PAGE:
In my work as a social worker and geriatric care manager, I’ve found that about 80% of older adults (or their family members) are unable to tell us what type of insurance they have.
Generally, about one-third of all Medicare beneficiaries have Medicare Part C, which means they are in a Medicare Advantage Plan. (But of those that have Medicare Advantage Plans, only about 40% are aware that they do not have Original Medicare. )
The competition among Medicare Advantage Plans can be fierce, so there are rules about what the insurance companies can and cannot do, to try to get your family’s business.
What Medicare Advantage Plans can and can’t do
In order to market to potential customer, Medicare Advantage Plans are allowed to conduct certain activities, such as use direct mail, radio, television, and print advertisements. Plans can also send emails, but they must provide an opt-out option in the email for people who do not wish to receive them.
Medicare Advantage Plans are not allowed to:
- Call you if you do not give them permission to do so
- Visit you in your home, nursing home, or other place of residence without your invitation
- Ask for your financial or personal information (like your Social Security number, Medicare number, or bank information) if they call you
- Provide gifts or prizes worth more than $15 to encourage you to enroll. Gifts or prizes that are worth more than $15 must be made available to the general public, not just to people with Medicare
- Disregard federal and state consumer protection laws for telemarketing, the National Do-Not-Call registry, or do-not-call-again requests
- Market their plans at education events or in health care settings (except in common areas)
- Sell you life insurance or other non-health products at the same appointment (known as cross-selling), unless you request information about such products
- Compare their plan to another plan by name in advertising materials
- Use the term “Medicare-endorsed” or suggest that their plan is a preferred Medicare plan
- Plans can use Medicare in their names as long as it follows the plan name (for example, the Acme Medicare plan) and the usage does not suggest that Medicare endorses that particular plan above other Medicare plans
- Imply that they are calling on behalf of Medicare
If you feel a plan or agent has violated Medicare’s marketing rules, you should save all documented proof, when available, such as an agent’s business card, the plan’s marketing materials, and your phone call records. Report the activity to 1-800-MEDICARE or your local Senior Medicare Patrol (SMP). To contact your SMP, call 877-808-2468 or visit www.smpresource.org.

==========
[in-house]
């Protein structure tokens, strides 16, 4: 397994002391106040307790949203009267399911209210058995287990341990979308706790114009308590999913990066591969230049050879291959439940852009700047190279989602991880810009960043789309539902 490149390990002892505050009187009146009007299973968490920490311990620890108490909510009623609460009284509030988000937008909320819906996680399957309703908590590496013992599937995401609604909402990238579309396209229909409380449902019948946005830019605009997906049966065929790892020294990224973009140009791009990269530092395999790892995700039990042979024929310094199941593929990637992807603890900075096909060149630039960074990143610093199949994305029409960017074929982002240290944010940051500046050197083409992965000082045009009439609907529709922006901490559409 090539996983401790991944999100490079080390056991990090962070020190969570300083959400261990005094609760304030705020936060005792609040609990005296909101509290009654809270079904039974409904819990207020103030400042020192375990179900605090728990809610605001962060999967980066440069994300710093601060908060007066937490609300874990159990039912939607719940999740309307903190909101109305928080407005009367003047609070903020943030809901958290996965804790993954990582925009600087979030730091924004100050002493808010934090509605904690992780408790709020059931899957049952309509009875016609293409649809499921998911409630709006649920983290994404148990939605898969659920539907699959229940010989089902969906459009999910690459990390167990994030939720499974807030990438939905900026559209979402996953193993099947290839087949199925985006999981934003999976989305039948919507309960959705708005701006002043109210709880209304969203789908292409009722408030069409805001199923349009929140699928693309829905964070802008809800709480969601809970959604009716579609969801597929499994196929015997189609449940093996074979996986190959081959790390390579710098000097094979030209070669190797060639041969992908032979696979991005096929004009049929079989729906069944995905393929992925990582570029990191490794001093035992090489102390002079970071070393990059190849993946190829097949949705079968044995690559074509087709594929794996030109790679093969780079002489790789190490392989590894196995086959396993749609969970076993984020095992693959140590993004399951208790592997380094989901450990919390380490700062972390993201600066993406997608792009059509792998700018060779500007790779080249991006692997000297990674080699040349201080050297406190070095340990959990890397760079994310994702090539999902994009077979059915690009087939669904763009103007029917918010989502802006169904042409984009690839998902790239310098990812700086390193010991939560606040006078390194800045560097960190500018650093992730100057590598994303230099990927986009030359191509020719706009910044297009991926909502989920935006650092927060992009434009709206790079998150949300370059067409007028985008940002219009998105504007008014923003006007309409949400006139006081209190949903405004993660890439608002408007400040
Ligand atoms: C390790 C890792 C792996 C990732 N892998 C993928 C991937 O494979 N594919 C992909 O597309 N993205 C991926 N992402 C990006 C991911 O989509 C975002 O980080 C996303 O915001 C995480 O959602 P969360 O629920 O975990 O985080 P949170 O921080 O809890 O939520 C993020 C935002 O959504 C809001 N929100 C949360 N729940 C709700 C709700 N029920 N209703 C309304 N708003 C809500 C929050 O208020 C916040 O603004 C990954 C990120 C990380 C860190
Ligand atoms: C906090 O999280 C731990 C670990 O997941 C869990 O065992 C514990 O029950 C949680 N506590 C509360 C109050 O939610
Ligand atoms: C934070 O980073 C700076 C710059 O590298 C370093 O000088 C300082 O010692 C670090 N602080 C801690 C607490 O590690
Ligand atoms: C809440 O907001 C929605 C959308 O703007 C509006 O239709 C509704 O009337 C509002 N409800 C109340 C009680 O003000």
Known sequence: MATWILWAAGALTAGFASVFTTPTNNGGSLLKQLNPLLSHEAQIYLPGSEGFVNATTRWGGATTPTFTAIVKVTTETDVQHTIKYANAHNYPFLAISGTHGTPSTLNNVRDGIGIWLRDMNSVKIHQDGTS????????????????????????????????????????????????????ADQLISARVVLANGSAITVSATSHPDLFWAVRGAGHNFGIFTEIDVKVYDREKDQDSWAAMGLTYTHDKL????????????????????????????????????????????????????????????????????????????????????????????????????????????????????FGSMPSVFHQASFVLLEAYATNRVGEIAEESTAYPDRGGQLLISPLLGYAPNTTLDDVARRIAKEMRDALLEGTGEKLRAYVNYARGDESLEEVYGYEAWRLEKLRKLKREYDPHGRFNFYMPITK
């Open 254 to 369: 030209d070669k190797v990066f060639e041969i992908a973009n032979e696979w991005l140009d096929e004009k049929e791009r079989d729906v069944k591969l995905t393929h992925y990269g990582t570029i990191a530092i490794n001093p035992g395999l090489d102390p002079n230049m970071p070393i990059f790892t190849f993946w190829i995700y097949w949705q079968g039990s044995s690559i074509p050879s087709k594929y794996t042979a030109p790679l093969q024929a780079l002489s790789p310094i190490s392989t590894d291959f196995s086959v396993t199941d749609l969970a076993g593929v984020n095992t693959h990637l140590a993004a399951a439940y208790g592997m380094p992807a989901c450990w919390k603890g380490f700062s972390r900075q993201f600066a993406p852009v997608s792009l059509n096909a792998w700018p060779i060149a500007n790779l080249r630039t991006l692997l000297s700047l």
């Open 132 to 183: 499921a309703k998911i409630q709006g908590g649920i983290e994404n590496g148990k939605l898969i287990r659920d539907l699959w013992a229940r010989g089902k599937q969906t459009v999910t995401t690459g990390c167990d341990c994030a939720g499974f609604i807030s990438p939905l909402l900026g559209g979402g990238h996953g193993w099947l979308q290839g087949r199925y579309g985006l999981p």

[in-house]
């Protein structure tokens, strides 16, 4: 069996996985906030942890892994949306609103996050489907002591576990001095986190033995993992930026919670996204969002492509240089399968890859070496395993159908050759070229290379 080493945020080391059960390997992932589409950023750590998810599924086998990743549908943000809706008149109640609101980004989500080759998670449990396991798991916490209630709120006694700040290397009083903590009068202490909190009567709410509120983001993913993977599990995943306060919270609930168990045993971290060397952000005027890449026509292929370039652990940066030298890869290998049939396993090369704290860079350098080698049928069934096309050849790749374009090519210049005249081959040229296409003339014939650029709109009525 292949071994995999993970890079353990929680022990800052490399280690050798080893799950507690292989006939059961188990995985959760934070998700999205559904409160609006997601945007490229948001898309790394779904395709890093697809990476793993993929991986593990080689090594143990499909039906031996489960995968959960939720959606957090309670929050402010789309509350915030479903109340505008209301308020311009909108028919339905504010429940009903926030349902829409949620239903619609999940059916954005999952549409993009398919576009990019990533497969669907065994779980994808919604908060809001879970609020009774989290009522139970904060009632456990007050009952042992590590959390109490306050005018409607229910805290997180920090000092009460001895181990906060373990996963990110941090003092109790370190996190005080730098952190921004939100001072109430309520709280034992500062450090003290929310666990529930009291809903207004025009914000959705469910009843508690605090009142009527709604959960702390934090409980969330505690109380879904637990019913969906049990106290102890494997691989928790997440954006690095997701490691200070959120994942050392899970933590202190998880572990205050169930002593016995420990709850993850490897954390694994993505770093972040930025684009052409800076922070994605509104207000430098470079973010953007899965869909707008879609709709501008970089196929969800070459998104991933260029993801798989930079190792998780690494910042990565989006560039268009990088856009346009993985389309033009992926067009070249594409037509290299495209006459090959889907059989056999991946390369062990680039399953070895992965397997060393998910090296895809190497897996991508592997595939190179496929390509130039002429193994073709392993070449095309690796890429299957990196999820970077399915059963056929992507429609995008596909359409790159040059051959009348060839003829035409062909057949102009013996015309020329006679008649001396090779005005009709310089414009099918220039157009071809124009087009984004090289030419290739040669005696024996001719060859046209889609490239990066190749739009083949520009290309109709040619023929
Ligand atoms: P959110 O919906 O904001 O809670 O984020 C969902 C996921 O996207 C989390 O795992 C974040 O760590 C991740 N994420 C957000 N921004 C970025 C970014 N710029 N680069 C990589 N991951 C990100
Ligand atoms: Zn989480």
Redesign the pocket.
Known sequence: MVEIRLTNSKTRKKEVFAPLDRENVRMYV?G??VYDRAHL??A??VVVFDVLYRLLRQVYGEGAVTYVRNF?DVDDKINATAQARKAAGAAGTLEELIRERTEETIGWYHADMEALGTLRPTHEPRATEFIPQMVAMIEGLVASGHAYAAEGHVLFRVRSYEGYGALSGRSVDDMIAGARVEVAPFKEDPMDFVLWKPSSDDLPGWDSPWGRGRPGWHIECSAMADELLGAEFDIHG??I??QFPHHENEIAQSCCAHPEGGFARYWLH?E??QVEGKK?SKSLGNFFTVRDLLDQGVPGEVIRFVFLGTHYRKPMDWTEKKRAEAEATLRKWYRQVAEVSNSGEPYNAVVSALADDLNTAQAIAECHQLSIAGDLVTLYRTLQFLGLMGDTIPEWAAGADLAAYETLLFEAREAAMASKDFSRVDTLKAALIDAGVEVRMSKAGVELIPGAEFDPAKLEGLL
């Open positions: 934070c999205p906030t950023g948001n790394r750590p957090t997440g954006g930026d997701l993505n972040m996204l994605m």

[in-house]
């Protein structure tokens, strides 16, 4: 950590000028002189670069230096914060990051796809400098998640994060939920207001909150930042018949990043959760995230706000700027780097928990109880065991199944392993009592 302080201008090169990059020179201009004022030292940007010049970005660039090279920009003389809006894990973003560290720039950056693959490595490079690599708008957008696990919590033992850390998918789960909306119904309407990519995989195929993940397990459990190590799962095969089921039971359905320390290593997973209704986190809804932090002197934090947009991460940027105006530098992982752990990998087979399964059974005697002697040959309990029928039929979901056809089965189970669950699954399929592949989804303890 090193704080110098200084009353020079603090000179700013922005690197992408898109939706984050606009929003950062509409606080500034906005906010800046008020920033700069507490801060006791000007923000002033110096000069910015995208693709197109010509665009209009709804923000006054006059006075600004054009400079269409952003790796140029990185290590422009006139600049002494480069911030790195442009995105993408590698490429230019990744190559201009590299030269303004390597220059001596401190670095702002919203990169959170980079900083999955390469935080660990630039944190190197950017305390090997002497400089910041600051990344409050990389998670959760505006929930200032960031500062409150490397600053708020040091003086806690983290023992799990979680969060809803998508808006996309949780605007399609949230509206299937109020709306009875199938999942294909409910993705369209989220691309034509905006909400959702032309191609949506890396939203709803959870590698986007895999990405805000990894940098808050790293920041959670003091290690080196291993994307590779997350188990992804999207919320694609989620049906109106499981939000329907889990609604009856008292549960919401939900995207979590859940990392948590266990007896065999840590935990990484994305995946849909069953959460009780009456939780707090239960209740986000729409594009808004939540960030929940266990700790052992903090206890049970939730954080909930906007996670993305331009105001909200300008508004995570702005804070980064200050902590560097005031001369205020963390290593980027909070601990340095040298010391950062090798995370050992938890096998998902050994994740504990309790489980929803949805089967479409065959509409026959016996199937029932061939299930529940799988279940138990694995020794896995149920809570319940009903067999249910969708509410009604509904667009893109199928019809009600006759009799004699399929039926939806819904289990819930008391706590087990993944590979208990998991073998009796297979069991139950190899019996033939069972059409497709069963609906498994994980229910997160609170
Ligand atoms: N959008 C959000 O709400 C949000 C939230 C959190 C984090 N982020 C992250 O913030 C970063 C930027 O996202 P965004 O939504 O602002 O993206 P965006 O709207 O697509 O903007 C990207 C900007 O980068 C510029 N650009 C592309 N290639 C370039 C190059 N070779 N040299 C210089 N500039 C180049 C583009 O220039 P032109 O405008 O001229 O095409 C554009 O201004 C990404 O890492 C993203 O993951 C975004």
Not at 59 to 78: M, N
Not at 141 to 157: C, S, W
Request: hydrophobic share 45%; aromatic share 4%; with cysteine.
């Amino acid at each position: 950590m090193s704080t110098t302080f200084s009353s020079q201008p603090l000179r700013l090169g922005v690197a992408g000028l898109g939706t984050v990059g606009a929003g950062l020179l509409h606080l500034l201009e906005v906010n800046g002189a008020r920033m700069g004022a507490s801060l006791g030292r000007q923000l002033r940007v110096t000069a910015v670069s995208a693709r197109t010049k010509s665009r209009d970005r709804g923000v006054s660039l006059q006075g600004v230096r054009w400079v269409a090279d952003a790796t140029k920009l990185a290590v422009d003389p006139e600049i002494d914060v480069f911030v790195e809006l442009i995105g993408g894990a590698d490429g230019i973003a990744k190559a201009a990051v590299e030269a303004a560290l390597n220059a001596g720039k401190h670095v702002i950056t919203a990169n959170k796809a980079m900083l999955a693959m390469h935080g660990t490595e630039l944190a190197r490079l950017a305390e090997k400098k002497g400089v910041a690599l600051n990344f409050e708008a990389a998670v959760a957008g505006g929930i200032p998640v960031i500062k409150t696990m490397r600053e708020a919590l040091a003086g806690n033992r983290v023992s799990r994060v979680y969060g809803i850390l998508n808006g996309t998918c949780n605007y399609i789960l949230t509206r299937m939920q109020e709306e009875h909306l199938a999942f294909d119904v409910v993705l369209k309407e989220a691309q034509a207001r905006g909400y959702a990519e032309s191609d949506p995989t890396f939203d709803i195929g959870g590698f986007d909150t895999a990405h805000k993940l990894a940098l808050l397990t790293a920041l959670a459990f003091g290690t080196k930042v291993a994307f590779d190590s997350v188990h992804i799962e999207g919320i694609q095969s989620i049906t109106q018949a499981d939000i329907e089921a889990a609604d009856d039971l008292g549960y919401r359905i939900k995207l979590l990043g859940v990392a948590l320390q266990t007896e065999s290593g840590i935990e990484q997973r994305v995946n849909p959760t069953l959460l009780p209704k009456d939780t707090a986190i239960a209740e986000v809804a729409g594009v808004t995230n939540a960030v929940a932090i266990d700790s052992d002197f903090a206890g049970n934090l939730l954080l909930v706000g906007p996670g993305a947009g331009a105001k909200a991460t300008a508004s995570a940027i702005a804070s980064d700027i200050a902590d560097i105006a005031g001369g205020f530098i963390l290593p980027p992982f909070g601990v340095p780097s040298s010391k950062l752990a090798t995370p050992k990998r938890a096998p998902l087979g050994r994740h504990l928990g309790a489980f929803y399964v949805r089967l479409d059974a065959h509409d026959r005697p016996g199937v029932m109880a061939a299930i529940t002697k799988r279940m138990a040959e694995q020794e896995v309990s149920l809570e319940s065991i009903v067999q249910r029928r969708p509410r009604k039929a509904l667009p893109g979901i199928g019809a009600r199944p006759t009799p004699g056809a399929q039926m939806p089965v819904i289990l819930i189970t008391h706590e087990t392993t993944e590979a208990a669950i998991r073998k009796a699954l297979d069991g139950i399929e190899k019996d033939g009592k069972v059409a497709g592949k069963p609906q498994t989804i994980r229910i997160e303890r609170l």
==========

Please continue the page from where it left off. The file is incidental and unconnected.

How to Get Help Choosing, Changing, or Paying for a Medicare Plan
To provide support to Medicare beneficiaries, each state has a State Health Insurance Assistance Program (SHIP). SHIPs offer local, personalized counseling and assistance to people with Medicare and their families. Your local SHIP can be found at: https://www.shiptacenter.org/
If your parents have limited income and resources, they can get help paying some or all of the Medicare premiums, deductibles, and coinsurance through Medicare Savings Programs (MSPs). Learn more about Medicare Savings Programs (MSPs) here: https://www.medicare.gov/your-medicare-costs/get-help-paying-costs/medicare-savings-programs
Other Useful Resources
For more on Medicare Open-Enrollment, here’s a podcast episode in which Dr. K and I discuss Medicare and I explain how to know if you should switch plans:
(For a short tutorial on how to search the transcript, see here.)
And here are the online resources that I routinely recommend to my clients:
- State Health Insurance Insurance Assistance Program (SHIP)
I hope this information has been helpful to you. Although it can take some effort to review one’s Medicare insurance and make changes if needed, it can make a big difference to the services you’ll get later during the year. Good luck with Medicare Open Enrollment!
[Michelle Allen is an experienced social worker and geriatric care manager based in Atlanta, and is one of our featured experts providing guidance in my Helping Older Parents Membership program. Since our members have raved about the Medicare guidance she’s been sharing with them, we decided to have her share this info with our regular Better Health While Aging readers as well. — L. Kernisan]